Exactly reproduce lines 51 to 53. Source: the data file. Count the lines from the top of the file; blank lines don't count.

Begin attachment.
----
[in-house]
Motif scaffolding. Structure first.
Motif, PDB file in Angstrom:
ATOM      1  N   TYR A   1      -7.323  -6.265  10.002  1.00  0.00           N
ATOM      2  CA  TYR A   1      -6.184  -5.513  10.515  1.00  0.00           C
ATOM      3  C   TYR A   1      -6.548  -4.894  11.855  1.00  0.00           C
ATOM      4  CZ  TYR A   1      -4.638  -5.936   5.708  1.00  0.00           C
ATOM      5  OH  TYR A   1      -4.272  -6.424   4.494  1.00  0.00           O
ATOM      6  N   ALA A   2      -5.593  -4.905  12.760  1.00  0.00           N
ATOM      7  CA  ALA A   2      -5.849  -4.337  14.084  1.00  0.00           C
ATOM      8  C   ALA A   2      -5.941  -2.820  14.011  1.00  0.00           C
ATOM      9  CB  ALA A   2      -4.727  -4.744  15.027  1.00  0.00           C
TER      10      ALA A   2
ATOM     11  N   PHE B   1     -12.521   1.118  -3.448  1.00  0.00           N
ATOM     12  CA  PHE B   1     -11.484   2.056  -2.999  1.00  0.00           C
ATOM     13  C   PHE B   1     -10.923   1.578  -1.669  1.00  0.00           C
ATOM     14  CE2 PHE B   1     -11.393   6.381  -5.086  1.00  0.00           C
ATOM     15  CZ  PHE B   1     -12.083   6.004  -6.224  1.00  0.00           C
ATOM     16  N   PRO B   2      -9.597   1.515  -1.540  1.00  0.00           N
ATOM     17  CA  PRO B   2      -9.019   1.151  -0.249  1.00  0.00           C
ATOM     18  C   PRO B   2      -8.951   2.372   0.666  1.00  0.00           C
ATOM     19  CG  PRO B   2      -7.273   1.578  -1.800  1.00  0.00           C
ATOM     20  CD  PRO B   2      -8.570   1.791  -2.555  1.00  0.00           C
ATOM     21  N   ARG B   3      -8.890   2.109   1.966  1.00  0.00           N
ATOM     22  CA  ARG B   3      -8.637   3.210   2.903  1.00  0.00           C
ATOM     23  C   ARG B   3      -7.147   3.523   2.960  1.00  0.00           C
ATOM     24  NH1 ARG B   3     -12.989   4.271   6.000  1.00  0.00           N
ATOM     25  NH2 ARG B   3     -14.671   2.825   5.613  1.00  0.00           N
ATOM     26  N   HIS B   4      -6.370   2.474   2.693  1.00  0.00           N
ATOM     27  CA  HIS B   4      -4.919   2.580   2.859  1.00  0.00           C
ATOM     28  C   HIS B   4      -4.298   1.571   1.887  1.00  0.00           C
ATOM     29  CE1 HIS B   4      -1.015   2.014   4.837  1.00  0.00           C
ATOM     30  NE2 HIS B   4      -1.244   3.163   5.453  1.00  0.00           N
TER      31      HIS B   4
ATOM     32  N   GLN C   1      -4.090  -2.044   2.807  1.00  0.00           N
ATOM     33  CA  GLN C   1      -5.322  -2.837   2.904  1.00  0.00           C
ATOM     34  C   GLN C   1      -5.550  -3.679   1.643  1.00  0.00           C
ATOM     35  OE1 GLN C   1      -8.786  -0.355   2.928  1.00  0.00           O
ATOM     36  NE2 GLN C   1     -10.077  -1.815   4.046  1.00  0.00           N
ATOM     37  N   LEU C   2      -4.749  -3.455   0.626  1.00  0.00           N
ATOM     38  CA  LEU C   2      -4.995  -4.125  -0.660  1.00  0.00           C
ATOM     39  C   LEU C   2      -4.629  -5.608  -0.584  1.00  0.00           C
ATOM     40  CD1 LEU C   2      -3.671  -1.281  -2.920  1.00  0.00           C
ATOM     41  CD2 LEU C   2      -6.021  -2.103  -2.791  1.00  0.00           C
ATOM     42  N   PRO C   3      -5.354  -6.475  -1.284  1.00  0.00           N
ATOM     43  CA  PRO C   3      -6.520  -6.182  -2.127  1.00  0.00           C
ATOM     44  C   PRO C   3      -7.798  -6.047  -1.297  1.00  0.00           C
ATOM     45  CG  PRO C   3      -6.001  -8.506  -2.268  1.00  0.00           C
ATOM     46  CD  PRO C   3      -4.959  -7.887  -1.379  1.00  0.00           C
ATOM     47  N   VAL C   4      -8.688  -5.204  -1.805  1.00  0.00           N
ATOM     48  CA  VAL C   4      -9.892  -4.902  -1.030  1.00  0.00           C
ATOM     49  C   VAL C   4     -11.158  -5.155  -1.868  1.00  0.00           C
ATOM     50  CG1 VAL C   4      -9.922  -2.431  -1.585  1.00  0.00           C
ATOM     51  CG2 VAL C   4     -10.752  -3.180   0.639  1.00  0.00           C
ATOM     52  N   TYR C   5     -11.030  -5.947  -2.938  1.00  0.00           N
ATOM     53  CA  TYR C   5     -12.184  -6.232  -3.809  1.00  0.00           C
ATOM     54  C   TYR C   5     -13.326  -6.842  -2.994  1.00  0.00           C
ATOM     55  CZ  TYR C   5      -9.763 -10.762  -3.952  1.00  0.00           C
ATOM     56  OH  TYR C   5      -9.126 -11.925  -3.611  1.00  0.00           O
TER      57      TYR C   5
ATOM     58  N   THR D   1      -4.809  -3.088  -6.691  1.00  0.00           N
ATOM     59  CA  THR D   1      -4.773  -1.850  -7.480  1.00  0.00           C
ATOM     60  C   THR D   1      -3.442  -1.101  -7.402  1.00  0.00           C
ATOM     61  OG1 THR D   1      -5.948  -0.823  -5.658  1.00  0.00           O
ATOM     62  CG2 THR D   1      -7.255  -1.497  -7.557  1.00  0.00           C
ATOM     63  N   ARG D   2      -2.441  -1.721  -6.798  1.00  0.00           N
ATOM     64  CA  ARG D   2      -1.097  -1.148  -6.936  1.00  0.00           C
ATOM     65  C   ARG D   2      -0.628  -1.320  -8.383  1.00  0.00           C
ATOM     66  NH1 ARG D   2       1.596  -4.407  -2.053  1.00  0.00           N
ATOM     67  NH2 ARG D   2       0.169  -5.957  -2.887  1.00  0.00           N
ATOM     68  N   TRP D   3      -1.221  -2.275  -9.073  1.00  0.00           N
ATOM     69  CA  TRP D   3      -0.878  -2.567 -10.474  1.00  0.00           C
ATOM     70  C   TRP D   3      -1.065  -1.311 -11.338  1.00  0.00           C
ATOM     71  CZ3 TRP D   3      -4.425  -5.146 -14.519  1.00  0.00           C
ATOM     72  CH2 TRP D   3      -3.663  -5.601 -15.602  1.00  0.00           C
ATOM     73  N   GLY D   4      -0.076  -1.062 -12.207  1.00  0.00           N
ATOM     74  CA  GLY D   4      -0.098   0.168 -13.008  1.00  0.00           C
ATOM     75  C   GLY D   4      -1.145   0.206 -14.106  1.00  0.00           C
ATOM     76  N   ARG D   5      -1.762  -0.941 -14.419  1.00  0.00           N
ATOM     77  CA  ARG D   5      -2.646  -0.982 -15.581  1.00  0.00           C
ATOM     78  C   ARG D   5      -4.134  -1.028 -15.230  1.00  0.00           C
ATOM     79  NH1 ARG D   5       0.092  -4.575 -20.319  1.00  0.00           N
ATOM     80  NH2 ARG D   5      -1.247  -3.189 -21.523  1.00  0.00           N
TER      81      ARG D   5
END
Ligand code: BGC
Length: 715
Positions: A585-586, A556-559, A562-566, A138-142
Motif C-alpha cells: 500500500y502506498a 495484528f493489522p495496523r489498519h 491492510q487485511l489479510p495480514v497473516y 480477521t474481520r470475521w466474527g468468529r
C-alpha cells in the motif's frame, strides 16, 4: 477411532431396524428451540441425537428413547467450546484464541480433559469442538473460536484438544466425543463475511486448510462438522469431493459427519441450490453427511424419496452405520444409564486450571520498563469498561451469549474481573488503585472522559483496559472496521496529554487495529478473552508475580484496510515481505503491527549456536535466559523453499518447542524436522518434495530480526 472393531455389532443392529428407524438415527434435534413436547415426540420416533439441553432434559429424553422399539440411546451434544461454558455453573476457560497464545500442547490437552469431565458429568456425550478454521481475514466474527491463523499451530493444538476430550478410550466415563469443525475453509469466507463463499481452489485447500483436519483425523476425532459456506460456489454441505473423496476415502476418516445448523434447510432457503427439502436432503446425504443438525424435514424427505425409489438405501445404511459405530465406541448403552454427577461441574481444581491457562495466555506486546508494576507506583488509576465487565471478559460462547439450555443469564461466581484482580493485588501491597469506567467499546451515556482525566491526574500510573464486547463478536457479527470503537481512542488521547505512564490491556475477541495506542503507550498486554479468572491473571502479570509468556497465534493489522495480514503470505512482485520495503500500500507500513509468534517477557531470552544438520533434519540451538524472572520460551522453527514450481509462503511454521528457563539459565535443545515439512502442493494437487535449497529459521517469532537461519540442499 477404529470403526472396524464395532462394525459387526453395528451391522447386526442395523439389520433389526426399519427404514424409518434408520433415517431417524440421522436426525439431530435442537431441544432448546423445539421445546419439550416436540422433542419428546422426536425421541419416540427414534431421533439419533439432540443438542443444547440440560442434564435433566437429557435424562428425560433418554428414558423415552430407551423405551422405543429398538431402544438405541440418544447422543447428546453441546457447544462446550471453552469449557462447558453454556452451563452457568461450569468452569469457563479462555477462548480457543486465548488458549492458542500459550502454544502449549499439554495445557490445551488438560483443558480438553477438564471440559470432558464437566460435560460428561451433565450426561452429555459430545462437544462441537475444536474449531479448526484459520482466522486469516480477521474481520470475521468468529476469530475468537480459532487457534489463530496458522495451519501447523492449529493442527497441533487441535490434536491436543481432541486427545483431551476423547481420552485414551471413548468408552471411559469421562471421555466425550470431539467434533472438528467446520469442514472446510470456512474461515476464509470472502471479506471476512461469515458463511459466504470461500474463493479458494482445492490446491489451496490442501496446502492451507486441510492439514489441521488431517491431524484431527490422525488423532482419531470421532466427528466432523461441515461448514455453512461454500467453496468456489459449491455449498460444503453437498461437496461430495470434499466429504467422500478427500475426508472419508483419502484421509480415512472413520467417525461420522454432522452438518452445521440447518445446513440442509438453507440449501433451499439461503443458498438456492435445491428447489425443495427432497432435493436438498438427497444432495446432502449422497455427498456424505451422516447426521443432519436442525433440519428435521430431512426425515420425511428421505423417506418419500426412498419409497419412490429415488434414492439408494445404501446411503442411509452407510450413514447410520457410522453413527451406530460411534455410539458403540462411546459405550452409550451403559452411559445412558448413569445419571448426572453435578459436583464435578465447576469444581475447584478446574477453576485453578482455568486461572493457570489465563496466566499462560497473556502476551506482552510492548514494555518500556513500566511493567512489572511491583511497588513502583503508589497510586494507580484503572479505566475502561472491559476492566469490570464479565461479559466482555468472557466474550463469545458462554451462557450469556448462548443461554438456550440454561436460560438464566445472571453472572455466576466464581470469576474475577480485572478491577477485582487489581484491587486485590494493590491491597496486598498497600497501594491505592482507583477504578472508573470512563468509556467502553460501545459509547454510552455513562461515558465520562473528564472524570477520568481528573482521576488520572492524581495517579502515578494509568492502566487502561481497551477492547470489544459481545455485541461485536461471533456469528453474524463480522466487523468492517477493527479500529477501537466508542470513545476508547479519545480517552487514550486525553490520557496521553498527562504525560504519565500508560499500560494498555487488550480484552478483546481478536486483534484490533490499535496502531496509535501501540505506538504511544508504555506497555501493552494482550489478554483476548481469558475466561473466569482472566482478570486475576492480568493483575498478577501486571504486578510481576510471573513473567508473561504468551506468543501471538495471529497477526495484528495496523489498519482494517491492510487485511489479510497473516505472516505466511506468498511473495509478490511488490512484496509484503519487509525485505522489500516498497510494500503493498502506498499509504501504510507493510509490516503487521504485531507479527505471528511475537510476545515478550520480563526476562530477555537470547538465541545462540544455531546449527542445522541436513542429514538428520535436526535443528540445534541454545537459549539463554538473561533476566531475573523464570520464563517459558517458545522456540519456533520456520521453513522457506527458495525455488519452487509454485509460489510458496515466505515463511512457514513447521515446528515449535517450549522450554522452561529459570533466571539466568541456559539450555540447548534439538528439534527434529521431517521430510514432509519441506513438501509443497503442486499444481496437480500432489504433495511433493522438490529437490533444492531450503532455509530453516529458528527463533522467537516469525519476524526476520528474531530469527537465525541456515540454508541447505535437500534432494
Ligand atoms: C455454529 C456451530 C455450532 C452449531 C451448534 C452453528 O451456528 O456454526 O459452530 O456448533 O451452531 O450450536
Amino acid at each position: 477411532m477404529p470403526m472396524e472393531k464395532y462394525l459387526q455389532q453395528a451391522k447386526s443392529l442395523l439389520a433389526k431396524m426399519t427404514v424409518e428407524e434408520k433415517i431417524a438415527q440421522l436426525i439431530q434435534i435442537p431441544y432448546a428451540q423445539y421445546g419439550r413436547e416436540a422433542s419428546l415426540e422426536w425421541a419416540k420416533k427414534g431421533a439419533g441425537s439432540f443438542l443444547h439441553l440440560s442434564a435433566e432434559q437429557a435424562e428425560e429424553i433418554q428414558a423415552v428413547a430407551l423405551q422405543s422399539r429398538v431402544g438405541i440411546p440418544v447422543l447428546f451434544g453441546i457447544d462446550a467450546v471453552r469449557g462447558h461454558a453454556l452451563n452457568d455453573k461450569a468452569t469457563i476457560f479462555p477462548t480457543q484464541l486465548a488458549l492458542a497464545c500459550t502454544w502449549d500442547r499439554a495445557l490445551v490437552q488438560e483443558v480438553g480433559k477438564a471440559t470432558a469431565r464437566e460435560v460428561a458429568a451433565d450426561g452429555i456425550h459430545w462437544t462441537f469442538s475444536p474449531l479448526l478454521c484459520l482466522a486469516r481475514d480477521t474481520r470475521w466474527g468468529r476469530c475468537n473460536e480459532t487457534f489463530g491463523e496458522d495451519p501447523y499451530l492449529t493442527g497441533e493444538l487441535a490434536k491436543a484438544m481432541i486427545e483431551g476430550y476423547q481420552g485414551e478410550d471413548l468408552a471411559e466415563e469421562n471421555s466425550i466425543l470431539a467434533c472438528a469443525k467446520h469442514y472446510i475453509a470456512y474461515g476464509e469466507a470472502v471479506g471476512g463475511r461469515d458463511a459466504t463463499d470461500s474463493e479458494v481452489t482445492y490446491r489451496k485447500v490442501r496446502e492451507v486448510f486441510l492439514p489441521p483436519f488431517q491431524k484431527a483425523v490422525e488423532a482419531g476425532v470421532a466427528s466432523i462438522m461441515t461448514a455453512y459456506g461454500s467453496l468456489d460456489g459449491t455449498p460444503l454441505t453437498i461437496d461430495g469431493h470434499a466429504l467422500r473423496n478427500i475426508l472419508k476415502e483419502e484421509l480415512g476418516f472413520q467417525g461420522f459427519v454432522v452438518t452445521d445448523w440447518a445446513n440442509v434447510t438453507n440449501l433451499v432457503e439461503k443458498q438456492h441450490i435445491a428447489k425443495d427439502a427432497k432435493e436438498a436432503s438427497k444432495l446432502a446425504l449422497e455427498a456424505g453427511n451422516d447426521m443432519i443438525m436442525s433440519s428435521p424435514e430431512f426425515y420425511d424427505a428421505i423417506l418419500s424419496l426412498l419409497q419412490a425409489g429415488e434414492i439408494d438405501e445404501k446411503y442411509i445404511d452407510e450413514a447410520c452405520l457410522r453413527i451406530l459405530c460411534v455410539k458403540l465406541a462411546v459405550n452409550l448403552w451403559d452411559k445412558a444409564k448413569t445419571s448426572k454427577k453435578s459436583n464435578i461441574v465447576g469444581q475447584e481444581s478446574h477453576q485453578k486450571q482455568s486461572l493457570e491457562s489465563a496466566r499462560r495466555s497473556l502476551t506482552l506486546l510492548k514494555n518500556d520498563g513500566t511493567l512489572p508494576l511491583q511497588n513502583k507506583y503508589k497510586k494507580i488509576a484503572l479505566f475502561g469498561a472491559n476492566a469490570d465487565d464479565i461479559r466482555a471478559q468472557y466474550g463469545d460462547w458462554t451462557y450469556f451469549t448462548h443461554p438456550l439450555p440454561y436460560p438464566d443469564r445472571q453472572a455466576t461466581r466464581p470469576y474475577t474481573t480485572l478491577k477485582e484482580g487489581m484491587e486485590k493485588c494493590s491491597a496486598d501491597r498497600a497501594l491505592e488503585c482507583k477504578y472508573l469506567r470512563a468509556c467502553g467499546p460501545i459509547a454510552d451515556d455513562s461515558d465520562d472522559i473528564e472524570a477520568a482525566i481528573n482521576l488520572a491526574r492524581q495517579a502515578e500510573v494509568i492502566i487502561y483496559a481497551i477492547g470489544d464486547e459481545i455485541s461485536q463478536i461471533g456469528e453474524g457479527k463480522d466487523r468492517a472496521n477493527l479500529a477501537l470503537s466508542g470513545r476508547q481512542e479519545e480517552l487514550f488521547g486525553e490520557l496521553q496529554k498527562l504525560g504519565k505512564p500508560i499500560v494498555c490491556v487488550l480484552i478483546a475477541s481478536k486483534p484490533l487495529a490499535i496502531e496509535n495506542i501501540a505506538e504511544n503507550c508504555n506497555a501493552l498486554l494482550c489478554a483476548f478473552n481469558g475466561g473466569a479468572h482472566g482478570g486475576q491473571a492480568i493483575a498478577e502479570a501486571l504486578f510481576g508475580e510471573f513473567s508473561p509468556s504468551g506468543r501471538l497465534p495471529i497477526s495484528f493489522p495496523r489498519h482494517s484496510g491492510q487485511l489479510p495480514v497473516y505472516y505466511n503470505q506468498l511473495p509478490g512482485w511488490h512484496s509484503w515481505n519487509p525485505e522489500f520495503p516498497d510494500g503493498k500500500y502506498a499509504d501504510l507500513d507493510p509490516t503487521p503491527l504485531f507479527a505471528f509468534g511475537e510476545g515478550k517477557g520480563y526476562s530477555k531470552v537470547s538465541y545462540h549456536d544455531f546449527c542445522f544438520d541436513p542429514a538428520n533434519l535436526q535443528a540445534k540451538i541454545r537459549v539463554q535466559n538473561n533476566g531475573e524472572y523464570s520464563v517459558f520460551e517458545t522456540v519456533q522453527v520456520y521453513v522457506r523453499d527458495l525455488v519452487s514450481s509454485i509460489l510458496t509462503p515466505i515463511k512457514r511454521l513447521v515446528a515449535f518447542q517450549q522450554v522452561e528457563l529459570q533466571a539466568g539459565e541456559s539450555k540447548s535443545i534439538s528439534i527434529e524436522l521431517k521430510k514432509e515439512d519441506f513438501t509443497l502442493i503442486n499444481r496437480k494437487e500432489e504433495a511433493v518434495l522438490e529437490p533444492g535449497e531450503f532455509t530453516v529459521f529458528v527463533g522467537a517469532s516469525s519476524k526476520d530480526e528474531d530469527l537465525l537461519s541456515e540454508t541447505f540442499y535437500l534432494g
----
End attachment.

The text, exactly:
ATOM     48  CA  VAL C   4      -9.892  -4.902  -1.030  1.00  0.00           C
ATOM     49  C   VAL C   4     -11.158  -5.155  -1.868  1.00  0.00           C
ATOM     50  CG1 VAL C   4      -9.922  -2.431  -1.585  1.00  0.00           C